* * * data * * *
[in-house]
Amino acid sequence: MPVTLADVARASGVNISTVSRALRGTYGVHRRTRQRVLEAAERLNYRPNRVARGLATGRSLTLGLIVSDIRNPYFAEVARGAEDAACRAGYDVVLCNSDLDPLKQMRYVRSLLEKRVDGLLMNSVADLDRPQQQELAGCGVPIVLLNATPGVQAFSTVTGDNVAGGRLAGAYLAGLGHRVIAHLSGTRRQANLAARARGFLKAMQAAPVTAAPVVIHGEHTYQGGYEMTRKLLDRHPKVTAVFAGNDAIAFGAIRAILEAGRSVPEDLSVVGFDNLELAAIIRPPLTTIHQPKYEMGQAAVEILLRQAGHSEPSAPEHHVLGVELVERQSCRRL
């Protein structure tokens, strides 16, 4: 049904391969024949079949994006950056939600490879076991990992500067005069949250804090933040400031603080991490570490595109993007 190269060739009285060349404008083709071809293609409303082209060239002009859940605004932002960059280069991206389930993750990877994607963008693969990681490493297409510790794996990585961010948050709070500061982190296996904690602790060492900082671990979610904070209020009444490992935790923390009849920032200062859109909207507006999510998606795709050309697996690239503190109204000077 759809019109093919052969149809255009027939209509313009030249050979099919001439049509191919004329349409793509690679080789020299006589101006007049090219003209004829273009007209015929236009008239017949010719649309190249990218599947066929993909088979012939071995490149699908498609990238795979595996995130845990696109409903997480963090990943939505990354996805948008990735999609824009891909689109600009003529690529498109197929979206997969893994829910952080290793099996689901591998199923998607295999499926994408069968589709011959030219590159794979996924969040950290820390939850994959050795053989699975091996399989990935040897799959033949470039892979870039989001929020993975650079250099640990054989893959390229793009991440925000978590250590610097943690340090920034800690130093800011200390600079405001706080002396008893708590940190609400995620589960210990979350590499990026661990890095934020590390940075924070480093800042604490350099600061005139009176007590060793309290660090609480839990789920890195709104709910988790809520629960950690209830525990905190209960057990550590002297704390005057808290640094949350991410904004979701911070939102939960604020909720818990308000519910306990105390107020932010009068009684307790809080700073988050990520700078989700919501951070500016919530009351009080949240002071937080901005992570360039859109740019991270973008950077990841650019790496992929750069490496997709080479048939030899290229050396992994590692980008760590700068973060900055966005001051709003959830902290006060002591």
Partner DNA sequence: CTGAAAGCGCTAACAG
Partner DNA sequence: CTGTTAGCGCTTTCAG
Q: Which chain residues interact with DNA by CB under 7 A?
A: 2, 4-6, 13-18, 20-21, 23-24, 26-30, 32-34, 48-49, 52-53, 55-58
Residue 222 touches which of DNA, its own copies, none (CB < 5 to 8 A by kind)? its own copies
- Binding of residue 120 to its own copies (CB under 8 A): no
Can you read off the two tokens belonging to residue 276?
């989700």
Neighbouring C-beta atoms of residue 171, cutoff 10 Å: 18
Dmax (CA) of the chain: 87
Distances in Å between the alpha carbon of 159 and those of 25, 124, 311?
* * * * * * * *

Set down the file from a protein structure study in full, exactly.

[in-house]
Amino acid sequence: MPVTLADVARASGVNISTVSRALRGTYGVHRRTRQRVLEAAERLNYRPNRVARGLATGRSLTLGLIVSDIRNPYFAEVARGAEDAACRAGYDVVLCNSDLDPLKQMRYVRSLLEKRVDGLLMNSVADLDRPQQQELAGCGVPIVLLNATPGVQAFSTVTGDNVAGGRLAGAYLAGLGHRVIAHLSGTRRQANLAARARGFLKAMQAAPVTAAPVVIHGEHTYQGGYEMTRKLLDRHPKVTAVFAGNDAIAFGAIRAILEAGRSVPEDLSVVGFDNLELAAIIRPPLTTIHQPKYEMGQAAVEILLRQAGHSEPSAPEHHVLGVELVERQSCRRL
């Protein structure tokens, strides 16, 4: 049904391969024949079949994006950056939600490879076991990992500067005069949250804090933040400031603080991490570490595109993007 190269060739009285060349404008083709071809293609409303082209060239002009859940605004932002960059280069991206389930993750990877994607963008693969990681490493297409510790794996990585961010948050709070500061982190296996904690602790060492900082671990979610904070209020009444490992935790923390009849920032200062859109909207507006999510998606795709050309697996690239503190109204000077 759809019109093919052969149809255009027939209509313009030249050979099919001439049509191919004329349409793509690679080789020299006589101006007049090219003209004829273009007209015929236009008239017949010719649309190249990218599947066929993909088979012939071995490149699908498609990238795979595996995130845990696109409903997480963090990943939505990354996805948008990735999609824009891909689109600009003529690529498109197929979206997969893994829910952080290793099996689901591998199923998607295999499926994408069968589709011959030219590159794979996924969040950290820390939850994959050795053989699975091996399989990935040897799959033949470039892979870039989001929020993975650079250099640990054989893959390229793009991440925000978590250590610097943690340090920034800690130093800011200390600079405001706080002396008893708590940190609400995620589960210990979350590499990026661990890095934020590390940075924070480093800042604490350099600061005139009176007590060793309290660090609480839990789920890195709104709910988790809520629960950690209830525990905190209960057990550590002297704390005057808290640094949350991410904004979701911070939102939960604020909720818990308000519910306990105390107020932010009068009684307790809080700073988050990520700078989700919501951070500016919530009351009080949240002071937080901005992570360039859109740019991270973008950077990841650019790496992929750069490496997709080479048939030899290229050396992994590692980008760590700068973060900055966005001051709003959830902290006060002591």
Partner DNA sequence: CTGAAAGCGCTAACAG
Partner DNA sequence: CTGTTAGCGCTTTCAG
Q: Which chain residues interact with DNA by CB under 7 A?
A: 2, 4-6, 13-18, 20-21, 23-24, 26-30, 32-34, 48-49, 52-53, 55-58
Residue 222 touches which of DNA, its own copies, none (CB < 5 to 8 A by kind)? its own copies
- Binding of residue 120 to its own copies (CB under 8 A): no
Can you read off the two tokens belonging to residue 276?
């989700």
Neighbouring C-beta atoms of residue 171, cutoff 10 Å: 18
Dmax (CA) of the chain: 87
Distances in Å between the alpha carbon of 159 and those of 25, 124, 311?